The typical miniature for the final Hour of Compline is the Coronation of the Virgin. With this subject, the traditional cycle illustrating the Infancy of Christ concludes with the last momentous event in Mary's life, her coronation by her Son as Queen of Heaven.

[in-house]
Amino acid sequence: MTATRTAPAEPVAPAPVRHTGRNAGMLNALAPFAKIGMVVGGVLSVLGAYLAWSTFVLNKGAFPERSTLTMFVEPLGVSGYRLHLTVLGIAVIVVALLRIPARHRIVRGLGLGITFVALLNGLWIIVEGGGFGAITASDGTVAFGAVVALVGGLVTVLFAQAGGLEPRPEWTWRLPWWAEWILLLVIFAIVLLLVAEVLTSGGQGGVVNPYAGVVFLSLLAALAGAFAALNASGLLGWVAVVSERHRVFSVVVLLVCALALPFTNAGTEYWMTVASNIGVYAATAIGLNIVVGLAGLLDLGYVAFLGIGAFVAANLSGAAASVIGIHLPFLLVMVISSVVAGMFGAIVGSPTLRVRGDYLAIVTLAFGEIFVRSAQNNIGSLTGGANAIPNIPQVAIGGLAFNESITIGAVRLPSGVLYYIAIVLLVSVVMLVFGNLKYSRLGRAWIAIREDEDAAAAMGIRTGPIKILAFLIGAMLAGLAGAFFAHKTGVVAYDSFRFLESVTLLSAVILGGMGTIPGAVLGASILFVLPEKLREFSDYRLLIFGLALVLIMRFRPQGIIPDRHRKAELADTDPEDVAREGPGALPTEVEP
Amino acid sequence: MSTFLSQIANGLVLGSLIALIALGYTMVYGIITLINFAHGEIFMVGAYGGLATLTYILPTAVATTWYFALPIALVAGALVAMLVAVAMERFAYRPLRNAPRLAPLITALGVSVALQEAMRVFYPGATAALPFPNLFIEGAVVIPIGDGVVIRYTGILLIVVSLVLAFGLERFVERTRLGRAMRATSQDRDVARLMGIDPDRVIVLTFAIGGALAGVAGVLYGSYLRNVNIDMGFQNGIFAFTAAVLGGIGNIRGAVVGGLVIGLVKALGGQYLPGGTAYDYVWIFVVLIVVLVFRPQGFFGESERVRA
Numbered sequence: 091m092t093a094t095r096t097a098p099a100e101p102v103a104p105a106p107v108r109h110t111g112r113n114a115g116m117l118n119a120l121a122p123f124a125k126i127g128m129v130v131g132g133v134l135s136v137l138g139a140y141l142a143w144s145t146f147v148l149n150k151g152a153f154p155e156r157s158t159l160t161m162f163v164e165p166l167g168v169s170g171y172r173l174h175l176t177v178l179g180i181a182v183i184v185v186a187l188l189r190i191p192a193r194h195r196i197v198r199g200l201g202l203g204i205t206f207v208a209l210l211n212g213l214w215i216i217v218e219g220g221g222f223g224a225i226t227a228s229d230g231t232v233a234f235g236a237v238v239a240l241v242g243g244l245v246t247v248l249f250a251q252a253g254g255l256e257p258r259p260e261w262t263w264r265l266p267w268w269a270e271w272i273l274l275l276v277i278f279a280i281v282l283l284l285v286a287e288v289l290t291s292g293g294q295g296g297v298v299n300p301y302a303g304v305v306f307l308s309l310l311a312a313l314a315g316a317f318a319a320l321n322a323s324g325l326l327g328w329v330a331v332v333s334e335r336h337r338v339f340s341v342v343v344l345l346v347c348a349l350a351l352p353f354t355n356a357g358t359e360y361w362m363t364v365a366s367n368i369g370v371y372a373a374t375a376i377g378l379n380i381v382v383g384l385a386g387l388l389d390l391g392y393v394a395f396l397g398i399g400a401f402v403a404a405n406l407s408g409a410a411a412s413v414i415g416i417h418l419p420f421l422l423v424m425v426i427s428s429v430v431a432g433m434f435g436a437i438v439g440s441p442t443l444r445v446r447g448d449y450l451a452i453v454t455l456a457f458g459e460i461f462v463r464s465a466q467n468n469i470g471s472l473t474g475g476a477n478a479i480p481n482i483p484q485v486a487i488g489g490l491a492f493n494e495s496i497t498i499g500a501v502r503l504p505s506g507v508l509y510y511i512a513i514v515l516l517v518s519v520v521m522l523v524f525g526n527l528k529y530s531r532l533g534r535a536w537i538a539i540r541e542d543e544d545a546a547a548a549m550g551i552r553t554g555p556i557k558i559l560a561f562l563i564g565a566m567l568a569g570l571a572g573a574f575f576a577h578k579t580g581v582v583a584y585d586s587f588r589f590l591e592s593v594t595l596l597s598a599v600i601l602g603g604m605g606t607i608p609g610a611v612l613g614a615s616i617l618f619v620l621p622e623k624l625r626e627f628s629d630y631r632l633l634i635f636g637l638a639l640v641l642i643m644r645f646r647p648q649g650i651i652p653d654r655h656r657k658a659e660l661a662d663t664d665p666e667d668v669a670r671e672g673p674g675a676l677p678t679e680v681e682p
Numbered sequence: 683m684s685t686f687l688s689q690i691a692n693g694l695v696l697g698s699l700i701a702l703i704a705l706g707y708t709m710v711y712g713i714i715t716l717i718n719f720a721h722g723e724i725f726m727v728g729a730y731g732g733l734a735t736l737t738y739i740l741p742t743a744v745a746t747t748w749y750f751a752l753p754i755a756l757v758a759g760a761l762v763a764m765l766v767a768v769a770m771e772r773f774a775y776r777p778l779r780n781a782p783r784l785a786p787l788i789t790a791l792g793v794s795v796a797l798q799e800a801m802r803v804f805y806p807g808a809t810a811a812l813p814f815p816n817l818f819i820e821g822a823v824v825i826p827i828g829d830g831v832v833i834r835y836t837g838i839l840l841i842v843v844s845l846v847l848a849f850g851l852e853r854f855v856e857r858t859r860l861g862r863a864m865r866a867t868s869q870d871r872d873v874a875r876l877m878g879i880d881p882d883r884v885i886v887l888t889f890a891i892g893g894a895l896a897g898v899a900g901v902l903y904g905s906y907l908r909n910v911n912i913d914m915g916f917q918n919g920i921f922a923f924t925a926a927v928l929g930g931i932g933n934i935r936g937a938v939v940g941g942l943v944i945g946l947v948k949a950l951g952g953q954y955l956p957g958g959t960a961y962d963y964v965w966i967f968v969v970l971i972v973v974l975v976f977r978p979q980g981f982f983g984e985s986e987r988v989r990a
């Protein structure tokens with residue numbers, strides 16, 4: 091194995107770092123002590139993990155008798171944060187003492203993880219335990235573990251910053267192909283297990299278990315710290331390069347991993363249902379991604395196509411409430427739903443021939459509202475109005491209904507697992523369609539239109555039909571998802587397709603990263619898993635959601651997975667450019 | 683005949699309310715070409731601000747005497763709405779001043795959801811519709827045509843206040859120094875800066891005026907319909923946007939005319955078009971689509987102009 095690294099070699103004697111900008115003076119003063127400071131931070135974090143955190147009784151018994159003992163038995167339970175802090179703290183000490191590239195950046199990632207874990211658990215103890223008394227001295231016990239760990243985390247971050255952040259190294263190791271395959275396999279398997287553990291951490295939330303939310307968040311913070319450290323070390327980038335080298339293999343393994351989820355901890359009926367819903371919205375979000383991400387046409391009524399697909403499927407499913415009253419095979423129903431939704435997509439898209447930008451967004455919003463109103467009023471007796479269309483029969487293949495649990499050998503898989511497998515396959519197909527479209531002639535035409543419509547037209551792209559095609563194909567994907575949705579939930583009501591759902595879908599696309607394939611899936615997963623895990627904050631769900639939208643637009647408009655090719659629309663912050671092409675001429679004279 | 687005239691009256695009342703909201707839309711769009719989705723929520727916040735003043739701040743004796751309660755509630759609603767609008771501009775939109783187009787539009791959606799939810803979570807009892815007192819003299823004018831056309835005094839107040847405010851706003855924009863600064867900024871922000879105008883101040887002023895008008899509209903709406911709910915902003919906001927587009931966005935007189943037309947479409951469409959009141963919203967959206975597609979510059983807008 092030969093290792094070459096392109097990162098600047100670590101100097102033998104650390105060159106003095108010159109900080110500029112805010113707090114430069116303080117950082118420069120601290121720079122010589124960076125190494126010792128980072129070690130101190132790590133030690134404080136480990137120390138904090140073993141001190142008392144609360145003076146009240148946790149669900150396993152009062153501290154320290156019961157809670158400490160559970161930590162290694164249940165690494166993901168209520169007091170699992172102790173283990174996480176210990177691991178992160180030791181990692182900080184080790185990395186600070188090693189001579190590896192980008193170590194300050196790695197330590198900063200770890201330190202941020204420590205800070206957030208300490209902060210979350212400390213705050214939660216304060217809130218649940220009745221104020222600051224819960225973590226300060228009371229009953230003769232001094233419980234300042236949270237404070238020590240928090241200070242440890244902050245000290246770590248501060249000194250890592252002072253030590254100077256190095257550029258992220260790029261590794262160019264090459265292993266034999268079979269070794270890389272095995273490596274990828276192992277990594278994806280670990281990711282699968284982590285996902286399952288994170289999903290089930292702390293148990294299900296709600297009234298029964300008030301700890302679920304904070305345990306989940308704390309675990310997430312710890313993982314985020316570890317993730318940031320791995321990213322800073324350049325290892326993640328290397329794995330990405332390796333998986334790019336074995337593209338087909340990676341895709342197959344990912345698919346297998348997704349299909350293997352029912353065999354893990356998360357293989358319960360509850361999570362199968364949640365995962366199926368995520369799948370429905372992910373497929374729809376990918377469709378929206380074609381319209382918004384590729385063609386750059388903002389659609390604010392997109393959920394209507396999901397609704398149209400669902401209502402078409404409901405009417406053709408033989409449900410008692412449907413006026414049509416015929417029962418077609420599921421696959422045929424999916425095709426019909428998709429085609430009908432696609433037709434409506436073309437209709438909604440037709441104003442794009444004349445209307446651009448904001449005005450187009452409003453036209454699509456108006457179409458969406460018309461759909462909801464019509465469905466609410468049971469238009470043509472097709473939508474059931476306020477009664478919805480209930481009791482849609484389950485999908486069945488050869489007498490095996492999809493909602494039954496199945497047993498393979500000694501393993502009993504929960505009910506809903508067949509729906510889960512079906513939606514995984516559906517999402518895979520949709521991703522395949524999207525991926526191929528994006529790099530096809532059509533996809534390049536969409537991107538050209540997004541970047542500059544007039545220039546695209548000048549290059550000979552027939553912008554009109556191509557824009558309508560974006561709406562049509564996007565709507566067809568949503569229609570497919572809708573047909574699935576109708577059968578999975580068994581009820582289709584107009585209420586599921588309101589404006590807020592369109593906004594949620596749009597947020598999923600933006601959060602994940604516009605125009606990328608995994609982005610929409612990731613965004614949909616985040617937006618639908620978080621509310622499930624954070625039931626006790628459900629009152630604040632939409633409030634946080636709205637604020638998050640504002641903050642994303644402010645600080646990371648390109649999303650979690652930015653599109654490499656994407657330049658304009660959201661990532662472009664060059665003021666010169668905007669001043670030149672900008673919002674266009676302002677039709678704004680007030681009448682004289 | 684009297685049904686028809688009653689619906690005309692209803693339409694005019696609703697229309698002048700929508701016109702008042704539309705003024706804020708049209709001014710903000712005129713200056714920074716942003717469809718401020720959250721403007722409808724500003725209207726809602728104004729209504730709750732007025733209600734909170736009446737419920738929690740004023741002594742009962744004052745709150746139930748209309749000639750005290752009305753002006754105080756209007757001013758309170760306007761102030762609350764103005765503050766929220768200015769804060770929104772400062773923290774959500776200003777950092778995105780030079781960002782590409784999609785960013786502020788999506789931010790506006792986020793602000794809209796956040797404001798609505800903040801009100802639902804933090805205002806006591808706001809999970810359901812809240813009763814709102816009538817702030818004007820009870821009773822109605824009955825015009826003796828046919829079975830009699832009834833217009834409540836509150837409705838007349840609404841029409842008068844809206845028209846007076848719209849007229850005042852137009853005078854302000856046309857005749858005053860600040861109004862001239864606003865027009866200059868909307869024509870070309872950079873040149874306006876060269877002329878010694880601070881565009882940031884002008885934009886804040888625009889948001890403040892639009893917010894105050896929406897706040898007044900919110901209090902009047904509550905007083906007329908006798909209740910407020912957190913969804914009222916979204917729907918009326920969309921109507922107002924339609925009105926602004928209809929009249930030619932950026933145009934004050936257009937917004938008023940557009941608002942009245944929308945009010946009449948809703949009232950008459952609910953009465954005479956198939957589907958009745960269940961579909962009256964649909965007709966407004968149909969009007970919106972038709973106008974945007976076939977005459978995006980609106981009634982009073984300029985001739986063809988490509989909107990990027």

This miniature is by one of the greatest Flemish artists, Simon Marmion, who excelled in both illumination and panel painting. He based himself in Valenciennes and was active from the late 1450s till his death in 1489, executing commissions for the highly refined tastes of the court of Burgundy. This miniature exemplifies Marmion's subtle palette and his delicate figures with their gentle features and restrained gestures. Below the miniature is a border of strewn flowers, fruit, and even a fly. Such trompe-l'oeil borders will become a popular feature of late fifteenth-century and sixteenth-century Flemish manuscripts. Painted around 1480, this manuscript reveals Marmion to be an early master of these foliate marvels. The manuscript, however, was written and its textual borders painted in northern France a few years before. Marmion, commissioned to complete the book, expanded his miniatures beyond the customary area of the text block, allowing them and the borders below to fill out nearly all the available vellum surface to the very edges of the folios.